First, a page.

A mural of activist Yuri Kochiyama.

Yuri Kochiyama and Building Solidarity Along the Margins

Today marks the birthday of Yuri Kochiyama, a Japanese American activist who dedicated her life to social justice movements and the liberation of so many different communities and people. In her 20s, Kochiyama and her family were detained and sent to a concentration camp in Arkansas during World War II when the U.S. implemented Executive Order 9066. This incident would fuel her political awakening (NPR). 

She would become a staunch defender of human rights, advocating for Japanese Americans, and was also a vocal advocate for Black nationalism, Puerto Rican independence, and the treatment of Muslims post-9/11. 

Her work and activism were paramount in passing the Civil Liberties Act of 1988. This federal law granted reparations of $20,000 and a formal presidential apology to the Japanese-American survivors of the U.S. concentration camps (PBS). 


• Learn the importance of solidarity and how to build it across different identities.

• Participate in the National Nikkei Reparations Coalition Week of Action starting 5/21 as they mobilize the Japanese American community to support Black reparations. You can also donate to the organizations organizing it like Tsuru for Solidarity, Nikkei Progressives, and more.

Yuri Kochiyama worked alongside the hibakusha⁠, the survivors of the 1945 nuclear bombings of Hiroshima and Nagasaki, and advocated for nuclear disarmament. She stood in solidarity with the Young Lords as they took over the Statue of Liberty in 1977 to raise awareness of the fight for Puerto Rican independence (KQED). And she was active in the Civil Rights Movement and Black empowerment alongside Malcolm X.

Kochiyama’s commitment to revolutionary activism and human liberation allowed her to build solidarity among all activists and oppressed people. So in honor of what would be her 101st birthday, here are some notable quotes that commemorate her life and legacy.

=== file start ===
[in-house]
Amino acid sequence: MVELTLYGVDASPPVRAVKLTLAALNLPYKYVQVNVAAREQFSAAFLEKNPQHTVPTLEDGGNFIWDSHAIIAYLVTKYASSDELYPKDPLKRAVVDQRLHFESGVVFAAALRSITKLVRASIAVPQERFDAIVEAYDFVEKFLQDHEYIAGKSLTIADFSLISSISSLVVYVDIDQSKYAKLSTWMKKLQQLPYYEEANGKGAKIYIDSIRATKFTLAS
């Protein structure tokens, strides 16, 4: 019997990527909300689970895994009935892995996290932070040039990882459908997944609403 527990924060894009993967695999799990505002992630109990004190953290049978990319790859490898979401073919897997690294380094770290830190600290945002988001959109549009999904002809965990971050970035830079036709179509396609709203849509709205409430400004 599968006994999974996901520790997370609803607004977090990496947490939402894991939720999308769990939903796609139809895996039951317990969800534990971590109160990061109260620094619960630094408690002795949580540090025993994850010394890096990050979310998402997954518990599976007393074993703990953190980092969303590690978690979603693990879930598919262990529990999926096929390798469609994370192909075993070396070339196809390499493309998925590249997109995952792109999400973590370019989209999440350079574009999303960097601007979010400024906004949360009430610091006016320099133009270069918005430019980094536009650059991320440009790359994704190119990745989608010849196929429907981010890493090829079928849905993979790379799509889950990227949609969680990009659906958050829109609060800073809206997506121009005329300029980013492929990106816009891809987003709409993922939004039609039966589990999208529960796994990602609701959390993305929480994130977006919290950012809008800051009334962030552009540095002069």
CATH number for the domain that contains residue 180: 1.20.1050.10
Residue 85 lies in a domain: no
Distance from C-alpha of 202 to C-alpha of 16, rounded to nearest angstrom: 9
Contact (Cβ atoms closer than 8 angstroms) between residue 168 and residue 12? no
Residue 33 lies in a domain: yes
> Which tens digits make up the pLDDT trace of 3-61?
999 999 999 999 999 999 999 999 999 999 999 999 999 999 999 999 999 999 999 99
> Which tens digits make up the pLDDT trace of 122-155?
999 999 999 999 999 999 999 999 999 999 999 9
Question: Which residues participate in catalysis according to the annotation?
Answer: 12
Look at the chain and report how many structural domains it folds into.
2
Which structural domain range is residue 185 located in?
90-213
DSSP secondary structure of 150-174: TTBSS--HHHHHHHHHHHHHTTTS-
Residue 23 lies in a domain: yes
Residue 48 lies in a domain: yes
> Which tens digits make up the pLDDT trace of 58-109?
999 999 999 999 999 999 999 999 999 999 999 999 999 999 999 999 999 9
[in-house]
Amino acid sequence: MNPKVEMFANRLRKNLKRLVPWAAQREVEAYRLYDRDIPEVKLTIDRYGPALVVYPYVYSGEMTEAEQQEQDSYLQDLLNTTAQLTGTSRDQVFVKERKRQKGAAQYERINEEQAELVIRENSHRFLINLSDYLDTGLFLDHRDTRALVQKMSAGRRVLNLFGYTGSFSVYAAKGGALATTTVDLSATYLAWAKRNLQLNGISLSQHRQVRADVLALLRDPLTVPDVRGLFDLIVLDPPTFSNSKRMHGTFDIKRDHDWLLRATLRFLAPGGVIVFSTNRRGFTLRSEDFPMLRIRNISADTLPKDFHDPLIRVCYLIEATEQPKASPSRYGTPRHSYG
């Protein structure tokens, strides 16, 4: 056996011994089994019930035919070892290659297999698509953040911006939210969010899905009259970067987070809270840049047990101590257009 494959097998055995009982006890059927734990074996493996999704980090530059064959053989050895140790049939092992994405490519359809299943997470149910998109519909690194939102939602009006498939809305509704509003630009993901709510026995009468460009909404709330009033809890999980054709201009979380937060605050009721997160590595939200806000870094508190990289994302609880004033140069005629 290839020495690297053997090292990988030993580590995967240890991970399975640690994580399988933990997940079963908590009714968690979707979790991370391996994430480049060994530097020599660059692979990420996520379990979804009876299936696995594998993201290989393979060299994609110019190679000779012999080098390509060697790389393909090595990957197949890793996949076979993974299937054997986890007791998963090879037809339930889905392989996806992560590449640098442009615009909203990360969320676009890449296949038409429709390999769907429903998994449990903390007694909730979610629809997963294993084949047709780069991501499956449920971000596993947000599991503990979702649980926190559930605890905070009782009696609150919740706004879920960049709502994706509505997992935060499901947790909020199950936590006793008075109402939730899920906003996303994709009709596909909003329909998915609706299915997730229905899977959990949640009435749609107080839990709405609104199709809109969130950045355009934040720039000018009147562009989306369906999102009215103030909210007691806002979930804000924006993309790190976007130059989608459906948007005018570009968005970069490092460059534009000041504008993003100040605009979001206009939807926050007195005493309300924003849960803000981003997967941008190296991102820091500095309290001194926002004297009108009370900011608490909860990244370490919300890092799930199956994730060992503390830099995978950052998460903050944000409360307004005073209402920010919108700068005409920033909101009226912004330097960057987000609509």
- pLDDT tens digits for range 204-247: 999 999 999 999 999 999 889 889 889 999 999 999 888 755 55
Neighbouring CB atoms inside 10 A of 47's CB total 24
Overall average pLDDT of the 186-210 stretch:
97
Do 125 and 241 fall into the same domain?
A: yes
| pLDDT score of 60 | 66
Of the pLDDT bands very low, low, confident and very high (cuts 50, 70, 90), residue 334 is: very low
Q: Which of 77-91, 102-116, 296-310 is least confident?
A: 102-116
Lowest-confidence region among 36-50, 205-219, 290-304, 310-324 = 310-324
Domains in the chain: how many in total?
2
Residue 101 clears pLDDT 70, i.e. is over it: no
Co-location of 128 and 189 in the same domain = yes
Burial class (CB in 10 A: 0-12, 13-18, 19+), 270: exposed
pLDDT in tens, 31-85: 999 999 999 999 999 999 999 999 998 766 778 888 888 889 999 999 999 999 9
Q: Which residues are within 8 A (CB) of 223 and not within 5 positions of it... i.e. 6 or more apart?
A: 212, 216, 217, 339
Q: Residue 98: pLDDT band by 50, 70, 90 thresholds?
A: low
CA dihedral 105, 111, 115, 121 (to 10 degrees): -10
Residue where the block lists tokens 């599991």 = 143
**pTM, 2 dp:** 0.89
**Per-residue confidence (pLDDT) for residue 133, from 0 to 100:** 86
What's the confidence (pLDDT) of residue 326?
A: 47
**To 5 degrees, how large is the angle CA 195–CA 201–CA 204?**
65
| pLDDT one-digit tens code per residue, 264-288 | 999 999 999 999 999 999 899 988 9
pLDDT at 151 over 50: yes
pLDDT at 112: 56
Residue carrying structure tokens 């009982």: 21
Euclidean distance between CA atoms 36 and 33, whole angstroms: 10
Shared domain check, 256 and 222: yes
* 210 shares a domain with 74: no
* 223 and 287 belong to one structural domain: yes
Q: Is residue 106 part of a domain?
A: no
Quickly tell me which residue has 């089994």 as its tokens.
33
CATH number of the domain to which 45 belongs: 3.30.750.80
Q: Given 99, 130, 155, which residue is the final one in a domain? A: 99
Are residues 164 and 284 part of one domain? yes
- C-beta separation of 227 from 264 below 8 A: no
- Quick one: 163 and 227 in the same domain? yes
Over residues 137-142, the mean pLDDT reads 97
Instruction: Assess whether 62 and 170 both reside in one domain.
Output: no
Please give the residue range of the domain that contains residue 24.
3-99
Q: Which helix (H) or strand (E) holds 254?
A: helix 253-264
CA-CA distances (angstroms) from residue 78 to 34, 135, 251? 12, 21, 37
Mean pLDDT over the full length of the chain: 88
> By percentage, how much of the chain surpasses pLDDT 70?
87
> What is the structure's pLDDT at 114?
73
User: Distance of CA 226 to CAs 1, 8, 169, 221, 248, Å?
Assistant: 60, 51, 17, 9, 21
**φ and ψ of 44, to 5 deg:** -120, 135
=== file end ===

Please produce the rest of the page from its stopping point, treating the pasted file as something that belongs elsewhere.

On Her Political Awakening

“I was red, white, and blue when I was growing up. I taught Sunday school and was very, very American. But I was also provincial. We were just kids rooting for our high school…

Everything changed for me on the day Pearl Harbor was bombed. On that very day, Dec. 7, the FBI came and took my father. He had just come home from the hospital the day before. For several days we didn’t know where they had taken him. Then we found out that he was taken to the federal prison at Terminal Island. Overnight, things changed for us” (SF Bay View).

On Using History to Build Solidarity

“Malcolm [X] used to always reiterate study history and learn about ourselves and others. There is more commonality in all of our lives than we think. It will help us understand one another. Knowledge of history can be used as a weapon to divide us further or seek truth and learn from past errors and flagrant remisses. Our ultimate objective in learning about anything is to try to create and develop a more just society than we have seen” (Discover Nikkei).

“Remember that consciousness is power. Consciousness is education and knowledge. Consciousness is becoming aware. It is the perfect vehicle for students. Consciousness-raising is pertinent for power, and be sure that power will not be abusively used, but used for building trust and goodwill domestically and internationally. Tomorrow’s world is yours to build” (Global Citizen).

On Activism and Marginalized Communities

“Do you know there are 2 million people in prison in America?” she said during a speech in 2005. “That’s almost a country. The treatment of prisoners is so bad that Abu Ghraib has nothing on places like Corcoran and San Quentin” (SF Gate).

“Serve the people at the bottom. The people at the top don’t need your help” (AAWW).

1540 992 Andrew Lee

Andrew Lee

Andrew Lee is a writer and organizer plotting a better world in Philadelphia. His work has previously appeared in Notes From Below, Perspectives on Anarchist Theory, Plan A Magazine, ROAR Magazine, and Teen Vogue.

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